Proponent seeks an exemption for users of 3D printers that are protected by control technologies when circumvention is accomplishes solely for the purpose of using non-manufacturer approved feedstock in the printer. The technological protection measure (“TPM”) can vary from machine to machine, but can be broadly defined as a software-reliant verification method that prevents the printer from accepting non-manufacturer-approved feedstock.
3D printing, or additive manufacturing, refers to a family of technologies that can be used to build physical objects from digital files. While the precise technologies used to achieve this process vary, all make use of consumable feedstocks in order to build the object. This is similar to the way that traditional 2D printing technologies vary, but all 2D printers rely on some sort of consumable input (such as toner) in order to print images and words on the page.
Many 3D printer manufacturers also sell feedstocks, or maintain an authorized network of feedstock vendors. In some cases manufacturers use TPMs, such as verification chips, in order to prevent printers from using non-approved stocks. This exemption would allow users of 3D printers to make use of feedstocks of their choice without fear of violating 17 U.S.C. § 1201. While copyright-protected software is involved in the verification process, it is incidental at best to the larger activity of allowing users of 3D printers to make use of the feedstock of their choice.
Stop breadboarding and soldering – start making immediately! Adafruit’s Circuit Playground is jam-packed with LEDs, sensors, buttons, alligator clip pads and more. Build projects with Circuit Playground in a few minutes with the drag-and-drop MakeCode programming site, learn computer science using the CS Discoveries class on code.org, jump into CircuitPython to learn Python and hardware together, TinyGO, or even use the Arduino IDE. Circuit Playground Express is the newest and best Circuit Playground board, with support for CircuitPython, MakeCode, and Arduino. It has a powerful processor, 10 NeoPixels, mini speaker, InfraRed receive and transmit, two buttons, a switch, 14 alligator clip pads, and lots of sensors: capacitive touch, IR proximity, temperature, light, motion and sound. A whole wide world of electronics and coding is waiting for you, and it fits in the palm of your hand.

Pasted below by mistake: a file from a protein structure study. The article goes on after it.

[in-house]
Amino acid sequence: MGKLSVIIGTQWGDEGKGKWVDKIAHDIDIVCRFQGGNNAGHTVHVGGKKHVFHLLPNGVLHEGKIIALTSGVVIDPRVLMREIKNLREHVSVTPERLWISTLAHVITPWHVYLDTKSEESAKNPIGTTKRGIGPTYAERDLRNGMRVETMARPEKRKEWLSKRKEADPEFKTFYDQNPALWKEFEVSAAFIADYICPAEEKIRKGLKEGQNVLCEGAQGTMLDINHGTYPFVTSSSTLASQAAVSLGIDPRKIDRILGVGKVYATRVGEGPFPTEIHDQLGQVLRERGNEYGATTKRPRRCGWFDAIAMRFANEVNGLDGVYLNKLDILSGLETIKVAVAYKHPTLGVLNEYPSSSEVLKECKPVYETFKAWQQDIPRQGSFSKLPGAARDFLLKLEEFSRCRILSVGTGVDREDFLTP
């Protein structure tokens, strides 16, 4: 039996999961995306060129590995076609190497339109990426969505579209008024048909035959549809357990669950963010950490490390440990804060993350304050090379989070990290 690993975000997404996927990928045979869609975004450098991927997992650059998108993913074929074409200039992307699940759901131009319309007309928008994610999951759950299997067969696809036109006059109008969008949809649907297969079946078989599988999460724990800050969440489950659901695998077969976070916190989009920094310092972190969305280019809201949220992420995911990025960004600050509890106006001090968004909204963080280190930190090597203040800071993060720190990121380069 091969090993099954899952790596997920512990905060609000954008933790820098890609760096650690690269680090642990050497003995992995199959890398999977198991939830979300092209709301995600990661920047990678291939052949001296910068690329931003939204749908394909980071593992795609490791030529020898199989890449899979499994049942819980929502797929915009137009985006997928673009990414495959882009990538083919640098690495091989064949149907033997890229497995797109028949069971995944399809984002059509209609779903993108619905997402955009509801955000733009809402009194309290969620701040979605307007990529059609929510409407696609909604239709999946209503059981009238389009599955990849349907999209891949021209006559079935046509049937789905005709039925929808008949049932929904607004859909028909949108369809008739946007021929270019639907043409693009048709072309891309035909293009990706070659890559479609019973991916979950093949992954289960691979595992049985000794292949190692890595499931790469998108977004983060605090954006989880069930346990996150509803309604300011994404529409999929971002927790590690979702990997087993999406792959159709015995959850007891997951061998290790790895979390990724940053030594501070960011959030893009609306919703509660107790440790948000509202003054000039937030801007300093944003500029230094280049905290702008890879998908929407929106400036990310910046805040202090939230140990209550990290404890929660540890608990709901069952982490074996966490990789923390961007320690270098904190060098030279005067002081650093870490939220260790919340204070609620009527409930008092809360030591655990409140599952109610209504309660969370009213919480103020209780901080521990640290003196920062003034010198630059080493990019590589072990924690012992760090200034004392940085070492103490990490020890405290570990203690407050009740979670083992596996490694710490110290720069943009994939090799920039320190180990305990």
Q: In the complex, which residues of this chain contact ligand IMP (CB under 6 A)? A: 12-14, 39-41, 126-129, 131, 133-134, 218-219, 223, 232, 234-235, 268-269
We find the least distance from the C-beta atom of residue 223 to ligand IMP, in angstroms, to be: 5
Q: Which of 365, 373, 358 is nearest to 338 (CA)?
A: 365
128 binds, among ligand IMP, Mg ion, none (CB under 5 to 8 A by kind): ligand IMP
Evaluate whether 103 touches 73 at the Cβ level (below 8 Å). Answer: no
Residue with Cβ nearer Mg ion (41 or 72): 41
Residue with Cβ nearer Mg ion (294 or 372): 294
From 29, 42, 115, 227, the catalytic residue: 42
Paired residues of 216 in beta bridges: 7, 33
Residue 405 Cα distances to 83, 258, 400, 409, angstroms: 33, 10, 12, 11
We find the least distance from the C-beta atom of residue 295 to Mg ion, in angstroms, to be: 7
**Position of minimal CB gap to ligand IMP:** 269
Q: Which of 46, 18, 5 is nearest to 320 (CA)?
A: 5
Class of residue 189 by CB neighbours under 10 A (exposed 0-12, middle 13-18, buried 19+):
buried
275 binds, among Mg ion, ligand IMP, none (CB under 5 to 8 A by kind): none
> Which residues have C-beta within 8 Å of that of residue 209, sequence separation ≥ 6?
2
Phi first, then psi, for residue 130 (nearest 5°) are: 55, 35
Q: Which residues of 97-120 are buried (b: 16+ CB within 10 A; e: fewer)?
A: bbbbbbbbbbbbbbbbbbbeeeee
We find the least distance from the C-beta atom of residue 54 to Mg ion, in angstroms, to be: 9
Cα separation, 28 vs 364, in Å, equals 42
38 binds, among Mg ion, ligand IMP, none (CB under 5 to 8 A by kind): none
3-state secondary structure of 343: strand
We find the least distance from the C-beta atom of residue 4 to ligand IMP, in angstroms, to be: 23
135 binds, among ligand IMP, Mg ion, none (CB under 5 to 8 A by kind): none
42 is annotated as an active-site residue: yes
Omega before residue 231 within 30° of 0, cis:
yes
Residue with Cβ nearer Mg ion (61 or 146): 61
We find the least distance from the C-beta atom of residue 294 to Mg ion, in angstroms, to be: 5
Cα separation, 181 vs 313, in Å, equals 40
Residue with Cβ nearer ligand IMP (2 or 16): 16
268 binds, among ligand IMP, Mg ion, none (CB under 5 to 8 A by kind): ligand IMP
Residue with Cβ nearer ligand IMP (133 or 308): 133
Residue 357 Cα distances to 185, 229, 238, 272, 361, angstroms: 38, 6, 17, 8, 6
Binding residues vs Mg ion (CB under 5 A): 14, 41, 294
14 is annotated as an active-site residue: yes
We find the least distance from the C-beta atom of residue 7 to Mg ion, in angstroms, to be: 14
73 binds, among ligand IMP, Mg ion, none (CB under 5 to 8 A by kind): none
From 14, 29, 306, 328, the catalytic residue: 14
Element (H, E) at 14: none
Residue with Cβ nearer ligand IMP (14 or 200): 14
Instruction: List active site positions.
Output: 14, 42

Have an amazing project to share? The Electronics Show and Tell is every Wednesday at 7pm ET! To join, head over to YouTube and check out the show’s live chat – we’ll post the link there.
Join us every Wednesday night at 8pm ET for Ask an Engineer!
Maker Business — The Defense Production Act and the global supply chain
Wearables — The eyes have it!
Electronics — Counting Pin Numbers
Python for Microcontrollers — Python on Microcontrollers Newsletter: Events, Projects, and much more! #Python #Adafruit #CircuitPython @micropython @ThePSF
Adafruit IoT Monthly — No-Code IoT with WipperSnapper, Beaming Internet across the Congo, and more!
Microsoft MakeCode — MakeCode Thank You!
EYE on NPI — Maxim’s Himalaya uSLIC Step-Down Power Module #EyeOnNPI @maximintegrated @digikey
New Products – Adafruit Industries – Makers, hackers, artists, designers and engineers! — New Products 10/15/2021 Featuring Kitty’s Flowers – Pair of Bluetooth Wearable Brooches – Art by Physicist (Video)
No comments yet.
Sorry, the comment form is closed at this time.